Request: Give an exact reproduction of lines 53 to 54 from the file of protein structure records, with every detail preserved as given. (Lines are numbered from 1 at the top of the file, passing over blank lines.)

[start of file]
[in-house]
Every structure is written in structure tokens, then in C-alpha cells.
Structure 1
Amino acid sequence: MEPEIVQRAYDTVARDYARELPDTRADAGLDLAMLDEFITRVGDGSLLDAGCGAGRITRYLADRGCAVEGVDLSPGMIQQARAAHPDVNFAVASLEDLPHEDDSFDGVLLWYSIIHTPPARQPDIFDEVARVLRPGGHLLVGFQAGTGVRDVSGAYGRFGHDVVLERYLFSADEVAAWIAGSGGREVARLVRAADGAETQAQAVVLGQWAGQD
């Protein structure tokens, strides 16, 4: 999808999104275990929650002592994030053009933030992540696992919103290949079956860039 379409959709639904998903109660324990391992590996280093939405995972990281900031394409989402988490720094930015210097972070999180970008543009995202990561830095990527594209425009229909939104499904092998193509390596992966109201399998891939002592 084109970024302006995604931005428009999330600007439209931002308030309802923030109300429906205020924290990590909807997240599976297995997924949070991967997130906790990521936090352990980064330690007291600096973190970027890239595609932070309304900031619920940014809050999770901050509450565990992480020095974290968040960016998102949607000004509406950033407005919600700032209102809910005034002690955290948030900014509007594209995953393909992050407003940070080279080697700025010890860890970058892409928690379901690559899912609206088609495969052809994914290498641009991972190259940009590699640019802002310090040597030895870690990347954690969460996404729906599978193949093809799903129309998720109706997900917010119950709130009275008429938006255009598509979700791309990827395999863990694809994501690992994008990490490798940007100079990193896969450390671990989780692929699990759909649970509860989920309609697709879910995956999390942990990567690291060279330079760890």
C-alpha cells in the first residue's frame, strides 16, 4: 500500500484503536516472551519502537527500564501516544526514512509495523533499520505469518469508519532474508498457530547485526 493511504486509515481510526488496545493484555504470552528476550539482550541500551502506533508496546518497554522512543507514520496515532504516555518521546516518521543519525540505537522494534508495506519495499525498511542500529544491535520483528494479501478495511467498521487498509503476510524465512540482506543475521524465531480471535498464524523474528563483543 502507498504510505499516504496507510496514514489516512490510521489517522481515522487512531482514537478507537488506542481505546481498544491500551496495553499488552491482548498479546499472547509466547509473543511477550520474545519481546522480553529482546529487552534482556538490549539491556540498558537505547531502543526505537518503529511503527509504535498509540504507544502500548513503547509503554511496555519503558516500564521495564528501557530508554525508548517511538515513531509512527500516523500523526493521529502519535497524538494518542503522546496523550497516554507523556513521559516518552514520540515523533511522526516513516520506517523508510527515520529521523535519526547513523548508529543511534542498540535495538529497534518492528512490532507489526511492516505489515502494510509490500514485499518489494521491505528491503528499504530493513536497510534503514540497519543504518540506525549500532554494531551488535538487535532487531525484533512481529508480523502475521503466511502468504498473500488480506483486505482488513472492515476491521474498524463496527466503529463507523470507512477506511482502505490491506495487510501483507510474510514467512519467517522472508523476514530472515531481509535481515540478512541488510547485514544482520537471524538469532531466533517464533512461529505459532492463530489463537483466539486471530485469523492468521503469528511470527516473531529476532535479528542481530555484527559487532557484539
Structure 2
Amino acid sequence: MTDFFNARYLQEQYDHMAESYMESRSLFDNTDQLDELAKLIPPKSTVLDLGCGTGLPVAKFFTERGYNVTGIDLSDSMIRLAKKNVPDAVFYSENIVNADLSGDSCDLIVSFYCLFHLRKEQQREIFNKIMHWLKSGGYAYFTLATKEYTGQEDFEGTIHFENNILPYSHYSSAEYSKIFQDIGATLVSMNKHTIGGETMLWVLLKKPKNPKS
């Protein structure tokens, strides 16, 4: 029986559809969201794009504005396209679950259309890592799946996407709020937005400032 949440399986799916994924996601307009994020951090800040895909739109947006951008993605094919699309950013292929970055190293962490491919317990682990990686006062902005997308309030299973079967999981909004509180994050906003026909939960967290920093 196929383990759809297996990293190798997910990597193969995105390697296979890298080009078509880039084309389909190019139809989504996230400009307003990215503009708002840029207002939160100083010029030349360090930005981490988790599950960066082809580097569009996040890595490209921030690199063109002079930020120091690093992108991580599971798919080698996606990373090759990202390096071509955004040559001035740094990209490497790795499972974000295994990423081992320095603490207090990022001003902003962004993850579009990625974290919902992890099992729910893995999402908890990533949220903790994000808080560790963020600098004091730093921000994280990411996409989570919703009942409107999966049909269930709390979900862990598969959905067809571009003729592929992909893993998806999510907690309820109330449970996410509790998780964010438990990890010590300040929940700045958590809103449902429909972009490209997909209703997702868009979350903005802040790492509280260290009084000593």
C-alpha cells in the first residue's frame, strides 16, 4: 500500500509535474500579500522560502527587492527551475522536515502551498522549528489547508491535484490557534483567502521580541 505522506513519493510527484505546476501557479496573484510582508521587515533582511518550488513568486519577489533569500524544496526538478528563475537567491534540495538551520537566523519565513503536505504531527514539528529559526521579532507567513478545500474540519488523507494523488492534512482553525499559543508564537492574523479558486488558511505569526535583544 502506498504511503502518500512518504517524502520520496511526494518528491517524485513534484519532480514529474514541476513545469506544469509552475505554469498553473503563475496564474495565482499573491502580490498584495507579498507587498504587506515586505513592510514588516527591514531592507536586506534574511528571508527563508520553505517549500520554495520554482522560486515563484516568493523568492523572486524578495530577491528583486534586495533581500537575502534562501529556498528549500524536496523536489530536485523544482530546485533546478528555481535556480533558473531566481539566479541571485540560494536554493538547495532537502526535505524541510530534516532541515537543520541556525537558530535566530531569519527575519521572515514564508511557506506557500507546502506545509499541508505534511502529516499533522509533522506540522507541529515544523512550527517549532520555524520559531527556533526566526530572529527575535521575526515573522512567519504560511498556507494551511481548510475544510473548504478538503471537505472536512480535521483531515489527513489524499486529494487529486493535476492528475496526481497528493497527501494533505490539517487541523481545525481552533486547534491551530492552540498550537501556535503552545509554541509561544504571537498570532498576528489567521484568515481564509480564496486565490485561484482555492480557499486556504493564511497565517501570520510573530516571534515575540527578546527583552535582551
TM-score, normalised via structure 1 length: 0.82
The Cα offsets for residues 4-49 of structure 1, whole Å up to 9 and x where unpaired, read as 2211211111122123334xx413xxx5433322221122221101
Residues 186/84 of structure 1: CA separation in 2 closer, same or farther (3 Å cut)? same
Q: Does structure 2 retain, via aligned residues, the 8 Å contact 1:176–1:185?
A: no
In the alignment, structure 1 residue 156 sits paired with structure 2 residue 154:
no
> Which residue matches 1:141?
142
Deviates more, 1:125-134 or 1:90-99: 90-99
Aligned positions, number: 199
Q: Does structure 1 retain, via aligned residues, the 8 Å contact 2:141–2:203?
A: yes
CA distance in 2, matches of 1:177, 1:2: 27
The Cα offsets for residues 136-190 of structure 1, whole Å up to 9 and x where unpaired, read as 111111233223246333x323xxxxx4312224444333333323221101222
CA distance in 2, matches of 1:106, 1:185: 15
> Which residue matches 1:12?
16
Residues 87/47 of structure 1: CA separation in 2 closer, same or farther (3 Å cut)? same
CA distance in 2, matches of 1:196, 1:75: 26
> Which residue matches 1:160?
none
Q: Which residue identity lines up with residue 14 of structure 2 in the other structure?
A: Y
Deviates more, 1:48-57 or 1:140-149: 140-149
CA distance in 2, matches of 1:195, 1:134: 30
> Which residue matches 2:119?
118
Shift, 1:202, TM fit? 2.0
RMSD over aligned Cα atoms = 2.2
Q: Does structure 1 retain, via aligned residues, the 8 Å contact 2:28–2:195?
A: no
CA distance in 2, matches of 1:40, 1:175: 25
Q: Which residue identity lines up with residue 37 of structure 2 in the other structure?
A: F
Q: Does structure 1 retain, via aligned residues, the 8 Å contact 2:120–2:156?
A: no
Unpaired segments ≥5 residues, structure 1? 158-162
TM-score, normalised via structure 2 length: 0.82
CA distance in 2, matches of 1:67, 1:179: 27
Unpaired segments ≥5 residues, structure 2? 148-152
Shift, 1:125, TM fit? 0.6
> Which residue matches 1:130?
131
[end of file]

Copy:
> Which residue matches 1:130?
131